Sunrise & Sunset Times
|January 19||8:23 a.m.||5:24 p.m.|
|January 21||8:22 a.m.||5:24 p.m.|
|January 22||8:21 a.m.||5:27 p.m.|
|January 23||8:20 a.m.||5:28 p.m.|
|January 24||8:18 a.m.||5:30 p.m.|
|January 25||8:17 a.m.||5:31 p.m.|
|January 26||8:16 a.m.||5:33 p.m.|
Top Five Songs of 2020
- Blinding lights by The Weekend
- Dance Monkey by The Tones and I
- Don’t start now by Dua Lipa
- Lose you to love me by Selena Gomez
- You should be sad by Halsey
Top music of the week courtesy of
Local Recipe of the week
2 c. carrots– cooked and mashed
2 beaten eggs
1 1/2 c. milks
1 c. shredded natural cheddar cheese (4 oz.)
1 c. medium cracker crumbs (20-22 crackers)
2tbsp. Butter or oleo, softened
1 tsp. salt
Cook cut– up carrots, covered, in a small amount of boiling, salted water for 15 to 20 minutes. Combine all ingredients, mix well. Turn into 8x8x2 inch baking dish. Bake in a moderate oven at 350 degrees for 30 minutes or till knife inserted just off center comes out clean. Top with crisp bacon till it curls.
From the kitchen of
United Methodist Women. Libby, MT
Let us email@example.com
Montana Gas Price
As of January 11, 2021, Montana gas prices have fallen 0.3 cents per gallon in the past week, averaging $2.23/g today, according to GasBuddy’s daily survey of 615 stations. Gas prices in Montana are 1.5 cents per gallon higher than a month ago and stand 33.7 cents per gallon lower than a year ago.
Montana Gas Update courtesy of GasBudd
New Positions Available
Barista / Kitchen Person /8.75/Main Street Perk
Track Maintenance (Laborer Truck Driver) BNSF
Program Coordinator/ CASA
Store Deli/Town Pump/Libby
Libby Elementary Paraprofessionals/12.34/7.5 hr. a day
CNA Class/ Libby Care Center
ATTENTION: Due to COVID Job Service Libby now requires all communications be handled by email
LibbyJSC@mt.gov or phone 406-293-6282. Stop by the Job Service (417 Mineral Ave, #4) and look for the Career Exploration Assessment in the kiosk by the door. Fill out and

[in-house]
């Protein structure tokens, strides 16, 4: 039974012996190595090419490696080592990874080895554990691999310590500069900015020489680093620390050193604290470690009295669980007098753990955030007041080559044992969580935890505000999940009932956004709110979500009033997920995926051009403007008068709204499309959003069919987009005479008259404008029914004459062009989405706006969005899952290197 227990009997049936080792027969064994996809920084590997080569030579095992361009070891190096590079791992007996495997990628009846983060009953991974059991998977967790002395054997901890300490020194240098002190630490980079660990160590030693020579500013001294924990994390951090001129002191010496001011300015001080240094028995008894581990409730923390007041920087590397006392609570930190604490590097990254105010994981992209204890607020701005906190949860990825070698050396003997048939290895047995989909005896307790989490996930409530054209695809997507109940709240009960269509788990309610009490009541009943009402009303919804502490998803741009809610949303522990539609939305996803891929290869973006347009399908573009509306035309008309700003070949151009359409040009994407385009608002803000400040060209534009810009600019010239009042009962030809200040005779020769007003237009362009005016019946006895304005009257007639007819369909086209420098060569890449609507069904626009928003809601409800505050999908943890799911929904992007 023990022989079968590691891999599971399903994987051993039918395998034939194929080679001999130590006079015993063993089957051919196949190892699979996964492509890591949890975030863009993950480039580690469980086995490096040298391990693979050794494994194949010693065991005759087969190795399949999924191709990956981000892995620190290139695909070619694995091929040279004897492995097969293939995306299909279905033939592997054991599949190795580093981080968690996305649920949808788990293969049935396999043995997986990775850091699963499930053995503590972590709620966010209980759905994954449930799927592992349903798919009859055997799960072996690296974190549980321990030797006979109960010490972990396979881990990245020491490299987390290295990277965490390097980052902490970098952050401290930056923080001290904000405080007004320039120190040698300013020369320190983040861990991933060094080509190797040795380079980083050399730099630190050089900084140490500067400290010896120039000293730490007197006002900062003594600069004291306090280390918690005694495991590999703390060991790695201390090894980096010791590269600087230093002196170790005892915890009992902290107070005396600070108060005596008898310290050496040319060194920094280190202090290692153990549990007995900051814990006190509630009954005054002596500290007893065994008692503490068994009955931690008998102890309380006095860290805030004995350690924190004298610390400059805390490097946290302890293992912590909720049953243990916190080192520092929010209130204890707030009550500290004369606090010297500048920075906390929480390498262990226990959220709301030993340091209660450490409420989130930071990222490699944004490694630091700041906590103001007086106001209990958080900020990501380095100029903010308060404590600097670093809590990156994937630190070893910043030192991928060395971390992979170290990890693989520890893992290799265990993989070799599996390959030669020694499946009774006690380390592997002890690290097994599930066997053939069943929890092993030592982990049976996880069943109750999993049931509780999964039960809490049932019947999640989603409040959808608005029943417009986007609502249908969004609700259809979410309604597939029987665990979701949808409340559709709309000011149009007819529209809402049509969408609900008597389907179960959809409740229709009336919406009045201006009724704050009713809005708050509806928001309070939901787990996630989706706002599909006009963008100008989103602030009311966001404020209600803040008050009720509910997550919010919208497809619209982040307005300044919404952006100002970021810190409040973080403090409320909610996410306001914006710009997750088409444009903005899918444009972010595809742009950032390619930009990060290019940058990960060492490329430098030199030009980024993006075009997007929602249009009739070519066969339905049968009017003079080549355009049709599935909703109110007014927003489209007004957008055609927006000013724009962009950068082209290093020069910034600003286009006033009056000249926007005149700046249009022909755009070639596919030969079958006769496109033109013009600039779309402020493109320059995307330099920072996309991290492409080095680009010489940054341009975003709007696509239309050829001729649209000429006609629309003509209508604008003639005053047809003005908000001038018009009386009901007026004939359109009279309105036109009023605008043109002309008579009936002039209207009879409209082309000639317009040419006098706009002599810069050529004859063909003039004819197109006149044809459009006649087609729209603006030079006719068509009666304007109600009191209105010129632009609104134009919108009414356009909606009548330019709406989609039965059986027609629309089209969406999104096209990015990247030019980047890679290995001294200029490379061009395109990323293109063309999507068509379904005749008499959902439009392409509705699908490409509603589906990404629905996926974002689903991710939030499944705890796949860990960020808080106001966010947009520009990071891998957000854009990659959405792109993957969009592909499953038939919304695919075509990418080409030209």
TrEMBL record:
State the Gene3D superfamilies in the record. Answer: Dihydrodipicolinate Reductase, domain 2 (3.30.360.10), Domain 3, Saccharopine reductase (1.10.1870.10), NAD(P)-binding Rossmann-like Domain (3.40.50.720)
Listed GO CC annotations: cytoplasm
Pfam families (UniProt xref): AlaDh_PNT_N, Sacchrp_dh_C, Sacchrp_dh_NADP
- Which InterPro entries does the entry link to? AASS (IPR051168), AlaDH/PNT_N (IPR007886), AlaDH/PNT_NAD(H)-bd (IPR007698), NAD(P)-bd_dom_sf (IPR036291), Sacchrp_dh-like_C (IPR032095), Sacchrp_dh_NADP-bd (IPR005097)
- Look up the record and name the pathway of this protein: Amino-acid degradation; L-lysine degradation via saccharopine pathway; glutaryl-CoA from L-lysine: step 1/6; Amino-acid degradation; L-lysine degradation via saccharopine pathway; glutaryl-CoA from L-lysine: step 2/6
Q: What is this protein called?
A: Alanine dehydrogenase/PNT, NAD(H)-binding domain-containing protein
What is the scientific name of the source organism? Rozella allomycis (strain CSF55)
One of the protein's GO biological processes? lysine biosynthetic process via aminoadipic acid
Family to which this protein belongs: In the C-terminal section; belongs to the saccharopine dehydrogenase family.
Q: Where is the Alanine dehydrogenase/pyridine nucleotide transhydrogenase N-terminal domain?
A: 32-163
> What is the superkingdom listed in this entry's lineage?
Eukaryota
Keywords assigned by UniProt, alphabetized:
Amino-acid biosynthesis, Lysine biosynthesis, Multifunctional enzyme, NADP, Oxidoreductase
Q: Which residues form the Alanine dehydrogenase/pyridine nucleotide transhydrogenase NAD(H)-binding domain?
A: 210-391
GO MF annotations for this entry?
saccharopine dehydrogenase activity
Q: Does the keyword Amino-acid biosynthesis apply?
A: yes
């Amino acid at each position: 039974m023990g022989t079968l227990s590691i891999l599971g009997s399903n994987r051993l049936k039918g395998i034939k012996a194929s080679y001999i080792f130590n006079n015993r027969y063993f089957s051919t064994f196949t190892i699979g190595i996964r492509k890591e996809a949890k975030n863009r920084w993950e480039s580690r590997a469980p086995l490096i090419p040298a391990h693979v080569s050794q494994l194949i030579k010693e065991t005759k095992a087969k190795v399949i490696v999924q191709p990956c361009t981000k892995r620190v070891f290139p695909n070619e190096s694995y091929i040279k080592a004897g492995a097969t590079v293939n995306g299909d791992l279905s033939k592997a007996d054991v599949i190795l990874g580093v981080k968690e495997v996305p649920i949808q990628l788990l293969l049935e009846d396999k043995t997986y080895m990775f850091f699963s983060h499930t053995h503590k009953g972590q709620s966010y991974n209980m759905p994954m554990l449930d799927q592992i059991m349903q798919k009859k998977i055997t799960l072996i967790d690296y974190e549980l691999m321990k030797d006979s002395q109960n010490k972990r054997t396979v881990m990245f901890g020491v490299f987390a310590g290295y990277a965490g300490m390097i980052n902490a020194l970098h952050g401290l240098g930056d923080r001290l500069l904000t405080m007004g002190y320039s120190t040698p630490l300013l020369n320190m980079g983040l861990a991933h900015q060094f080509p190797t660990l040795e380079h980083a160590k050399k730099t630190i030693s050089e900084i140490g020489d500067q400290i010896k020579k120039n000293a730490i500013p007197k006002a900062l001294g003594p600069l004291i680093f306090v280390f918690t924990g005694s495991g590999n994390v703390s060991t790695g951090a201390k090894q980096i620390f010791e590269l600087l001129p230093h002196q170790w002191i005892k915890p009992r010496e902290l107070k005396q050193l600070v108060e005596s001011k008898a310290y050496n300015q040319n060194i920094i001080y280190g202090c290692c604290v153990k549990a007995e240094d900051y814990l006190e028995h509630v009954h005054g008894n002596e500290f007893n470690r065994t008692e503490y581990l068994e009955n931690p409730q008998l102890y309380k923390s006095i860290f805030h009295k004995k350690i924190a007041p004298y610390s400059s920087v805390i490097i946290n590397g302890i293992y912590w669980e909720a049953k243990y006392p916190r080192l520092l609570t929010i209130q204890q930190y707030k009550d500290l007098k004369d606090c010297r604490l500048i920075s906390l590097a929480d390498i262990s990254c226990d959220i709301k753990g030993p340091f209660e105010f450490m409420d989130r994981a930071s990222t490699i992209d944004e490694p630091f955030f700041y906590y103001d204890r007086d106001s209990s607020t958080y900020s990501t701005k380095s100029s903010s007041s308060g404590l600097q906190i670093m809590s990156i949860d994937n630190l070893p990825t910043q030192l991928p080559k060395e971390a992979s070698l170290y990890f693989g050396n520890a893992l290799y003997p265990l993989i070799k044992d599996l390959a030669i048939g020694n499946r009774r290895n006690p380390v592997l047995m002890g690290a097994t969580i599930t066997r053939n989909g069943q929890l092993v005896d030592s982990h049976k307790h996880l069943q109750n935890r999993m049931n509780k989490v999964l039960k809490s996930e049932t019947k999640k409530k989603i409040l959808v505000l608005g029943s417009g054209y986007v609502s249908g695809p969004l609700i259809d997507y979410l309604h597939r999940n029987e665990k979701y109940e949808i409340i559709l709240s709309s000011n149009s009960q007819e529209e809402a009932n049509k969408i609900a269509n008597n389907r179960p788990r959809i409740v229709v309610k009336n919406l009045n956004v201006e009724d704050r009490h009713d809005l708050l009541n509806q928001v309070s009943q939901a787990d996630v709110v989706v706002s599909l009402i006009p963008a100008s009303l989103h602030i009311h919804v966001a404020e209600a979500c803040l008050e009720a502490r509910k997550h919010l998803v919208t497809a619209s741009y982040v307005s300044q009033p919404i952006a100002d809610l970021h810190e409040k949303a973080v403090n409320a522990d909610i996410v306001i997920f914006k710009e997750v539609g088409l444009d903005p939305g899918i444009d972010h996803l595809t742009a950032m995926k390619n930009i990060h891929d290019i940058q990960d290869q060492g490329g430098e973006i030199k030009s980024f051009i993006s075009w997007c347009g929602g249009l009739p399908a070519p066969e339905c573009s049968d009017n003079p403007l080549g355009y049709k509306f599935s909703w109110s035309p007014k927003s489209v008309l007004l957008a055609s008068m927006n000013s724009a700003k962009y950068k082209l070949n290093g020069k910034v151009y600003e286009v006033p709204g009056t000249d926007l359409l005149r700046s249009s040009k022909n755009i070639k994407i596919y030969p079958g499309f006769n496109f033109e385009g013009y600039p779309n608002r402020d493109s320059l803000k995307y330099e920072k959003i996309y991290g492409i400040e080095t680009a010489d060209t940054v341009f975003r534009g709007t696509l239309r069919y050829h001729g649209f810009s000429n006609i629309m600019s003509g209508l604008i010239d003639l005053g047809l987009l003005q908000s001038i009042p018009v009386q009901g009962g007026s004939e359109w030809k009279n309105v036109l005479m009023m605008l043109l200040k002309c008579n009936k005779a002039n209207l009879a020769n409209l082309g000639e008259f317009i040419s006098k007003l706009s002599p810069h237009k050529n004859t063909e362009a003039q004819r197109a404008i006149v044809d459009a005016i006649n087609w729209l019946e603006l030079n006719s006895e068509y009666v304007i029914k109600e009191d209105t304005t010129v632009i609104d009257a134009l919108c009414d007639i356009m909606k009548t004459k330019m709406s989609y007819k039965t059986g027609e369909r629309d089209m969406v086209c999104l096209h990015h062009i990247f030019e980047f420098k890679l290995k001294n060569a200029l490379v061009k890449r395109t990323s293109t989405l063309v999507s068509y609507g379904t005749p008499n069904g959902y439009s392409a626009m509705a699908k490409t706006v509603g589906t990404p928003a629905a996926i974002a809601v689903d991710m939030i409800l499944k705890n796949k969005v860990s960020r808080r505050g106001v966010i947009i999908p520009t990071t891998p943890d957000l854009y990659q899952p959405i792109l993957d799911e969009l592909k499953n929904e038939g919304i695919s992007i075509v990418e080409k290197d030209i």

return to Job Service a
Career Coach will contact you. MontanaWorks.gov MontanaWorks
Simons Weekly Weather
Issued Sunday January 17, 2021 – 7:40 p.m.
Tuesday Jan. 19, Areas of freezing fog and low clouds in the valleys through late morning otherwise mostly sunny in the morning. Increasing clouds in the afternoon. Highs in the 30s with upper 20s around 5000 feet. Light winds except ridge top winds becoming southwest 10 to 15 mph.
Wednesday Jan. 20, Dry. Areas of freezing fog and low clouds in the valleys. Lows in the mid teens to mid 20s with near 20 around 5000 feet. Highs in the 30s with mid 20s around 5000 feet.
Thursday through Sunday Jam. 21-22-23-24, Turning colder with a slight chance of snow showers. Lows in the lower teens to lower 20s Thursday cooling to the middle single digits to mid teens by Sunday. Highs in the 30s Thursday cooling to the upper teens to upper 20s by Saturday and Sunday. Around 5000 feet lows near 20 Thursday cooling to the lower teens Friday through Sunday. Highs in the lower 20s Thursday cooling to the upper teens Friday through Sunday.
For the most up to date information visit https:/ www.simonsweather.org/forecast
Word of the week
- Derange •
Verb, Disarrange, disorder, throw into
confusion or disorder.
High Winds Claim Signage at Montanian & WDM
Things took a turn for the exhilarating as
everyone at the office heard a gust of wind sweep in and snap the office sign right off its framework here at 317 California Avenue in Libby this past week.
Photo by Stacy Bender, The Montanian
MONTANA – The Winter Wildlands Alliance Backcountry Film Festival is back for its 16th year, but this winter it looks a little different. Instead of a night out at the silver screen, the outdoors film festival is going virtual – allowing viewers to stream films from the comfort of their own home.
The film lineup is this year is packed full of stellar reels featuring athletic pursuits in the mountains, gorgeous cinematography, stories of how the snowsports community is adapting to a warming climate, and more.